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Part II: Automations > XML Transference from Data to Layout

Chapter 4. XML Transference from Data to Layout

The speed at which XML was adopted across the business sector was stunning. My first indication of the XML phenomenon came when I was teaching a seminar on maximizing the potential of Dreamweaver 3 at the Seybold conference in Boston. Trying to gauge the audience’s level of expertise, I asked how many people had used Dreamweaver before. All but two or three raised their hands. When I asked how many people were familiar with Cascading Style Sheets, only about 1/3 responded. “How many people here use XML in their business?,” I asked next. Three-quarters of the audience— an audience of Web developers, mind you—shot up their hands. Clearly, XML was a technology about to explode.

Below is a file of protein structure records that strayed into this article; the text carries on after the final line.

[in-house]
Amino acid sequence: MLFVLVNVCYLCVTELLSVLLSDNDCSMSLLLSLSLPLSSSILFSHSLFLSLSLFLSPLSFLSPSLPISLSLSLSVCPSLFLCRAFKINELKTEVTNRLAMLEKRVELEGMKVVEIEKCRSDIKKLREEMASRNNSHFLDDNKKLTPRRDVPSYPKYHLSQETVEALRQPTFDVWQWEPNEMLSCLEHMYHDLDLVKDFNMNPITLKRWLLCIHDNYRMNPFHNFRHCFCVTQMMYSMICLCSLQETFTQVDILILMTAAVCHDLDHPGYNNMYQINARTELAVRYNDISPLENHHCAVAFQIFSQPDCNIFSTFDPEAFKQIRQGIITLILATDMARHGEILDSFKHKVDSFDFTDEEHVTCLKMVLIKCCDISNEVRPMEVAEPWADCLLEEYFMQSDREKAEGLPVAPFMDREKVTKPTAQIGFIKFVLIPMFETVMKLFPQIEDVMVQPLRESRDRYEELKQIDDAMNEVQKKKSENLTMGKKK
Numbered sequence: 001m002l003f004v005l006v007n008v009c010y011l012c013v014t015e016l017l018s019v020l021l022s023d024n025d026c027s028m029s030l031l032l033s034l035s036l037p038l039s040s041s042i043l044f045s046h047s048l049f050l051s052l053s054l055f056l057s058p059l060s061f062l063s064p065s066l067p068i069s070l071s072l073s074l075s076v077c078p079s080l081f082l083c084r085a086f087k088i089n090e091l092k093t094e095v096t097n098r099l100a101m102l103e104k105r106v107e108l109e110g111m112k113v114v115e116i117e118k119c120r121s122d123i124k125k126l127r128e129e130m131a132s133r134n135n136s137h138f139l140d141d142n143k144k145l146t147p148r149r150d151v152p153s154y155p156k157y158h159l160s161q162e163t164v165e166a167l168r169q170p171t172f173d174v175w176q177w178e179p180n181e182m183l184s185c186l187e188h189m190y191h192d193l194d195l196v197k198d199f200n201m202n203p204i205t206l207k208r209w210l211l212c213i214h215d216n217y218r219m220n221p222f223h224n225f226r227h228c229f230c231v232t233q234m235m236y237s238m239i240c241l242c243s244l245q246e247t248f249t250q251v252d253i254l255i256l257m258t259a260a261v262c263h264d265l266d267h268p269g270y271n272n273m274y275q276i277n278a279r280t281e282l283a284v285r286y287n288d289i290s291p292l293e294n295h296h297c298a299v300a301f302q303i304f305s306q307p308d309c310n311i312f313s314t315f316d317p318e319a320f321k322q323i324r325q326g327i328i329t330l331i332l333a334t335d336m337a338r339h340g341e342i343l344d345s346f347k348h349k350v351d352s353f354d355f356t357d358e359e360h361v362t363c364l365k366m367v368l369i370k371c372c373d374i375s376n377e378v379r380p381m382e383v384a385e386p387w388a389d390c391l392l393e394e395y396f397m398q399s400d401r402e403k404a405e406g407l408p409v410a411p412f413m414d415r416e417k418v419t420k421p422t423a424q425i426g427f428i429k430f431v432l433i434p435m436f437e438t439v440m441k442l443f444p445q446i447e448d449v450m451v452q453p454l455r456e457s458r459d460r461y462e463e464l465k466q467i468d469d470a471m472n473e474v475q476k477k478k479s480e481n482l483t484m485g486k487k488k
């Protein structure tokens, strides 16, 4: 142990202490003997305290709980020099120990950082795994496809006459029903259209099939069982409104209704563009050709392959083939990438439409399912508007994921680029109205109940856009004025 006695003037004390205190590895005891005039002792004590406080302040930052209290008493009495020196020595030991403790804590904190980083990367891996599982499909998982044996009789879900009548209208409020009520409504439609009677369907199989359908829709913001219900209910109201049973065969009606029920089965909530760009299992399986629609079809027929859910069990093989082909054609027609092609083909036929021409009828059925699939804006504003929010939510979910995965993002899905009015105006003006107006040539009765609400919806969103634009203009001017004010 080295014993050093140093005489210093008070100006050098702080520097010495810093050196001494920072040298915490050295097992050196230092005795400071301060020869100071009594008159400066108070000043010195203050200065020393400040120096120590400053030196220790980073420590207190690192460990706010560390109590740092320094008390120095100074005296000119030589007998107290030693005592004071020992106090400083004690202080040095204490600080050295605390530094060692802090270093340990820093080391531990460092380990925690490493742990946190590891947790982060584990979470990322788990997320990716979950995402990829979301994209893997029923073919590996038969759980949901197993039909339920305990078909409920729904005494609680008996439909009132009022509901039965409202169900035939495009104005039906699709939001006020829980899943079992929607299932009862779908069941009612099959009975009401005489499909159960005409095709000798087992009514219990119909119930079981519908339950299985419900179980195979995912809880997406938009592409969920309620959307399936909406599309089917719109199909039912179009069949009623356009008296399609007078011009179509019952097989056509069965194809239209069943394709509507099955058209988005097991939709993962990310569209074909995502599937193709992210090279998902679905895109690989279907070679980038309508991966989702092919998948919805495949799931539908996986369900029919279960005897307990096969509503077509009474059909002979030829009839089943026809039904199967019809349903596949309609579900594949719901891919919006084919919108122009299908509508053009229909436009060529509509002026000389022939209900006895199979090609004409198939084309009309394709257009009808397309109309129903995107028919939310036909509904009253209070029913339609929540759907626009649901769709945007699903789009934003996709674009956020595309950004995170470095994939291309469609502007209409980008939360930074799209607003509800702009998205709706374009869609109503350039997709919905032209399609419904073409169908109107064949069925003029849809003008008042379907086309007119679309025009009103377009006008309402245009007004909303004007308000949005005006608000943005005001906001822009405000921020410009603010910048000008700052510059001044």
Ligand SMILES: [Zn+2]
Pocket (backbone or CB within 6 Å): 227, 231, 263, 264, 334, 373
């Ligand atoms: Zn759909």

Dreamweaver has long maintained—since version 3, in fact—a strong XML connection. Importing and exporting of the well-formed XML file is only a menu option away. Of course, Dreamweaver assumes you know how to format the XML file properly for importing and how to make the most of exported data. Don’t worry if you don’t know how to do these things; those topics are part of what will be covered in this chapter.

The standard Dreamweaver XML features are powerful ones, but really only serve as a foundation for what is possible. In this chapter, you’ll see how to automate the production of Web pages from XML data. We’ll also explore techniques for structuring XML data as content, ready for import into a Dreamweaver template. Finally, we’ll look at how to extract the content from a document derived from a template and how to store the information in a data source.

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